Birds Recorded: Kestrel, Herring Gull, Wood Pigeon, 1 Rock Pipit, 2 Pied Wagtail, Dunnock, Robin, Blackbird, 2 Chiffchaff, 1 Firecrest, Long-tailed Tit, Great Tit, Blue Tit, Wren, Magpie, Carrion Crow, House Sparrow, Chaffinch and Goldfinch

Reptiles Recorded: 8 Wall Lizard (Podarcis muralis)

Butterflies Recorded: 1 Peacock

Bees Recorded: Buff-tailed Bumblebee (Bombus terrestris), Honey Bees (Apis mellifera) and Early Bumblebee (Bombus pratorum)

Hoverflies Recorded: Tapered Dronefly (Eristalis pertinax), Common Dronefly (Eristalis tenax) and Migrant Hoverfly (Meliscaeva auricollis)

Flies, Gnats and Midges Recorded: Kelp Fly (Coelopa frigida), Muscid Fly (Phaonia subventa) and Yellow Dung Fly (Scathophaga stercoraria)

Bugs and Beetles Recorded: 1 Bloody-nosed Beetle (Timarcha tenebricosa) and 2 7-spot Ladybird (Coccinella septempunctata)

Slugs and Snails Recorded: White-lipped Banded Snail (Cepaea hortensis), Garden Snail (Cornu aspersa), Kentish Snail (Monacha cantiana) and Black Slug (Arion ater)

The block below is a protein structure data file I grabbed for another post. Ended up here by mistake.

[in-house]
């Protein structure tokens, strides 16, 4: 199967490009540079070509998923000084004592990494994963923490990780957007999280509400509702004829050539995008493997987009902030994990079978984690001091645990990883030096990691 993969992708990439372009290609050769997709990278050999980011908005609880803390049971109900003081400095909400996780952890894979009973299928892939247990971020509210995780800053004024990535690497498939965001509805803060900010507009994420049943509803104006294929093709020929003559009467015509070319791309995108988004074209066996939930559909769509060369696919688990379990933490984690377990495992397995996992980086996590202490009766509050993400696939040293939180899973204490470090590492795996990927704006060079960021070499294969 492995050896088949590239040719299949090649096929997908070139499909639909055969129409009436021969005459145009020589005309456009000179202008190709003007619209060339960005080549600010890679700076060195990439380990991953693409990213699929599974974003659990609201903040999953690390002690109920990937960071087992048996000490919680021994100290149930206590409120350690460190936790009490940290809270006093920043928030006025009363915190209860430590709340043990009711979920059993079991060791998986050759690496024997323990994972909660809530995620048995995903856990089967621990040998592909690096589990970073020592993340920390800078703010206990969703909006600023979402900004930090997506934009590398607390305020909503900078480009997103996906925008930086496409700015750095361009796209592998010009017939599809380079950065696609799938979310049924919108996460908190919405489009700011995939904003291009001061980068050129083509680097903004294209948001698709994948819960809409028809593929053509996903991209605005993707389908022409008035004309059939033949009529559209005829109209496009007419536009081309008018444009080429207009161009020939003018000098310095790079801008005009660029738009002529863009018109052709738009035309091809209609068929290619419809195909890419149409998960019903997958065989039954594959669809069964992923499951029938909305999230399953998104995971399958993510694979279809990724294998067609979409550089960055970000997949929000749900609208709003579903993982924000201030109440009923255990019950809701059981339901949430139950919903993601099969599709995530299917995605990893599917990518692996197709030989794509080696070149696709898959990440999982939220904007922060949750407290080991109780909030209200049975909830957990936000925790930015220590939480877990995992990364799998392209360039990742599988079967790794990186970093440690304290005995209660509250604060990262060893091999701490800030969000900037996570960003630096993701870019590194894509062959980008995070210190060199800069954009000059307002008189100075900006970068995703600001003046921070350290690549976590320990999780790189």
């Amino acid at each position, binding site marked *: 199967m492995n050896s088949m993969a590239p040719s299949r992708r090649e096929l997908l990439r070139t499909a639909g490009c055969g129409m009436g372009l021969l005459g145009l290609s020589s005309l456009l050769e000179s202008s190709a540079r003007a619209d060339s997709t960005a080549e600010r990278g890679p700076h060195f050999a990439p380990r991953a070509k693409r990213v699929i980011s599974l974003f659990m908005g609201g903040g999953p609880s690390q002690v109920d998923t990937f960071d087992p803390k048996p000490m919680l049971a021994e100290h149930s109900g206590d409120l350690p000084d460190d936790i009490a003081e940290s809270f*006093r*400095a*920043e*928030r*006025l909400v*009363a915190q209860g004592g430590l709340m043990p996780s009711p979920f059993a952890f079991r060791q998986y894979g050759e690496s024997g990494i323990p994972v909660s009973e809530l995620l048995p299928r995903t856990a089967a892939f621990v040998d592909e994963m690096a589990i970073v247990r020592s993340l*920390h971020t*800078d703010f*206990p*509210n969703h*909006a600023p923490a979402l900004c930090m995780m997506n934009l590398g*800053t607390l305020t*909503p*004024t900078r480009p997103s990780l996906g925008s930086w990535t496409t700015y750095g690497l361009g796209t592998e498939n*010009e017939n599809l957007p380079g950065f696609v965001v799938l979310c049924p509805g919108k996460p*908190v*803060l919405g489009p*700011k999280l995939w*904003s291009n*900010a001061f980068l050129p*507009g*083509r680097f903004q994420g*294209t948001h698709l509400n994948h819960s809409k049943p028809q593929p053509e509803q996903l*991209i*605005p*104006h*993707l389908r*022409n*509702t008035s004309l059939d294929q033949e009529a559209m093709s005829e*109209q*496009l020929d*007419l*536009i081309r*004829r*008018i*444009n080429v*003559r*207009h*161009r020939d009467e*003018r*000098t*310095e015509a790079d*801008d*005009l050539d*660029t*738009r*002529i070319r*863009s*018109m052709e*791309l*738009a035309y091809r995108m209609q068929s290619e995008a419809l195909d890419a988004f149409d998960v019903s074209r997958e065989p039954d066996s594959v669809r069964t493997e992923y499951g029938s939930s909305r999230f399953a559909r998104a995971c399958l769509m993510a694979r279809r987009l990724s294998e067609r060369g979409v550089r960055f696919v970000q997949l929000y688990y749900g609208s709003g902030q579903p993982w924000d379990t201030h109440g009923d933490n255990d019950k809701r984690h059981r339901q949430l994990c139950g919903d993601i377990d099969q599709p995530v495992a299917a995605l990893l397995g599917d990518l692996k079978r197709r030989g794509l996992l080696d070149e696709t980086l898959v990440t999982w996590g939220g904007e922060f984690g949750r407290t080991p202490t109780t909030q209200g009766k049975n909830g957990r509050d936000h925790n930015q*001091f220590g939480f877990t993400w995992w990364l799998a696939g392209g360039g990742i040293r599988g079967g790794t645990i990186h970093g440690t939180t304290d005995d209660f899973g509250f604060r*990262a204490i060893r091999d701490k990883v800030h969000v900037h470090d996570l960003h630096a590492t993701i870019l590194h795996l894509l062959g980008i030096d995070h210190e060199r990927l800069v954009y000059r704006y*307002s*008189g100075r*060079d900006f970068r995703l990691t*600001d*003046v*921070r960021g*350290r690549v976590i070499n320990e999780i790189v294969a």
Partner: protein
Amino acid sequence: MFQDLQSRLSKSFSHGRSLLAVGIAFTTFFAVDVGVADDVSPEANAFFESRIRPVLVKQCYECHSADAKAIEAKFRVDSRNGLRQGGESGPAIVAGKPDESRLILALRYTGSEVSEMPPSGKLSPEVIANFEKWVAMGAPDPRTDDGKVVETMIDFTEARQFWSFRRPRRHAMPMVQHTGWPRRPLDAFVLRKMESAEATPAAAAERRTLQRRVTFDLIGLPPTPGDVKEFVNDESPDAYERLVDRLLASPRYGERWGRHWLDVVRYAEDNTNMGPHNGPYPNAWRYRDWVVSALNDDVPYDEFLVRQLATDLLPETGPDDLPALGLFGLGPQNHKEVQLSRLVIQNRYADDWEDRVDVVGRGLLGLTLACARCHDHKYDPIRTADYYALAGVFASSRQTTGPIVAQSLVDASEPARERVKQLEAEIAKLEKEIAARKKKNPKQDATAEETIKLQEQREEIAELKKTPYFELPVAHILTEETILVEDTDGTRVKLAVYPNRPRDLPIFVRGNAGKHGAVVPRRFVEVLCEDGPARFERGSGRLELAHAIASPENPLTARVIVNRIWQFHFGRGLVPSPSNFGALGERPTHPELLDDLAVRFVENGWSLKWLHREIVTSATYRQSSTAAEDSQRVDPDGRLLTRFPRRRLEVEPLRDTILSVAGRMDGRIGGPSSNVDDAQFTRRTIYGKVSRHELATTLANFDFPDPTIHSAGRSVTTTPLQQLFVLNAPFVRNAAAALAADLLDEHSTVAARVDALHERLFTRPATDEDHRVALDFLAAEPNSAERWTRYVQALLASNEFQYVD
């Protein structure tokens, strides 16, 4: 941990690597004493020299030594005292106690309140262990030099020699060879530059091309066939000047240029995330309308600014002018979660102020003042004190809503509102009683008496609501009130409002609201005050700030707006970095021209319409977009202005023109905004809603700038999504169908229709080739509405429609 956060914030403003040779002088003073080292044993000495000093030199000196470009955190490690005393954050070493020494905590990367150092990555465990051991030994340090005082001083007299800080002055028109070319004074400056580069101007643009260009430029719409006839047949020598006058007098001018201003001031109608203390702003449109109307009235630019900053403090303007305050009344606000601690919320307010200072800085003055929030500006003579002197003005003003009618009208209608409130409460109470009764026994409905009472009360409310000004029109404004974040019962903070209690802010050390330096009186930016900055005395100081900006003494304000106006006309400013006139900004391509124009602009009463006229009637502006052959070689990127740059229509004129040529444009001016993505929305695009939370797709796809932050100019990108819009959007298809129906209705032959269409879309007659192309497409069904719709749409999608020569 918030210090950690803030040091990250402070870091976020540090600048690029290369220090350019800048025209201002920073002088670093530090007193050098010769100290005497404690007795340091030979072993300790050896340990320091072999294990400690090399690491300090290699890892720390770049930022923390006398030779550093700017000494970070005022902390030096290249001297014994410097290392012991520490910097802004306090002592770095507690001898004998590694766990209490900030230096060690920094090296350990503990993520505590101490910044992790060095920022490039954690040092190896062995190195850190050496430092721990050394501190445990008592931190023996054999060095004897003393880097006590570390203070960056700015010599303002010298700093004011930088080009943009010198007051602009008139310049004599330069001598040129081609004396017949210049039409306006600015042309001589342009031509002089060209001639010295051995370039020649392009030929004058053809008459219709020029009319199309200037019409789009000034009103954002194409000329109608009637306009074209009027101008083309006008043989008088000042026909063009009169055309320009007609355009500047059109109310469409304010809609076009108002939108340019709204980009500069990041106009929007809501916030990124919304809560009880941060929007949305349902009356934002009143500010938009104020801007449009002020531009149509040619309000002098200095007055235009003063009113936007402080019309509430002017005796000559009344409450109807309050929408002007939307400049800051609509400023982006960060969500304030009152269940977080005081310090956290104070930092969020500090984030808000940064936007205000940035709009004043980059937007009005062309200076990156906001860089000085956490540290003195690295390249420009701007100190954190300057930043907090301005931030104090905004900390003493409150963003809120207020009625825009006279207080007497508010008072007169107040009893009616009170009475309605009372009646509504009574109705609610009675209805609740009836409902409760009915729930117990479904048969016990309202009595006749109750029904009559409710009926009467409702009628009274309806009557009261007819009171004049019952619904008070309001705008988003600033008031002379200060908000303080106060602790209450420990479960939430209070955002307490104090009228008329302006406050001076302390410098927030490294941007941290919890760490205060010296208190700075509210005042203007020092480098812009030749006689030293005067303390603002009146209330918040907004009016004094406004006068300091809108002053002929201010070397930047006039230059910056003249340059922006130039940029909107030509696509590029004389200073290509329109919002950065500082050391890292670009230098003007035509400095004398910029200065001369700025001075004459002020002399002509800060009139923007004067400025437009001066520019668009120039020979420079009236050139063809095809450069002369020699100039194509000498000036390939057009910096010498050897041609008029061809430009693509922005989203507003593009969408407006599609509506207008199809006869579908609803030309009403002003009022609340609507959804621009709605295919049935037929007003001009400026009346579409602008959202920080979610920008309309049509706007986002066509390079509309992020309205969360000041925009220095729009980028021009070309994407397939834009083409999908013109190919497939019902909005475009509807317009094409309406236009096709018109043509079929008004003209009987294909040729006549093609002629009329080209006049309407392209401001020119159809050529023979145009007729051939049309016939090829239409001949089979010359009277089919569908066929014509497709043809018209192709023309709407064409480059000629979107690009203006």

Ships Today
This is the British Offshore Ship "Ocean Osprey" just off Portland. More on this vessel Here.
This is the British Frigate "HMS Lancaster" in Weymouth Bay. More on this vessel Here.

-----------------------------------------------------------------------------------------------------On this day..........2019
Today's Sightings Here.
2018
Today's Sightings Here.
Categories: Magazine

10 Mar 20

Martin Adlam - Tue, 10/03/2020 - 19:54
Portland Bird Observatory, Crown Estate Fields, Top Fields, Southwell Barn, Sweethill, Limekiln Cave and Hut Fields.
A long and very muddy walk this afternoon, made with more hope than expectation, as I was on the lookout for my first Wheatear to make it across the Channel this Spring. No such luck, but then I didn't see my first one until 14 Mar 2019 and on 12 Mar 2018, so they should be here very soon.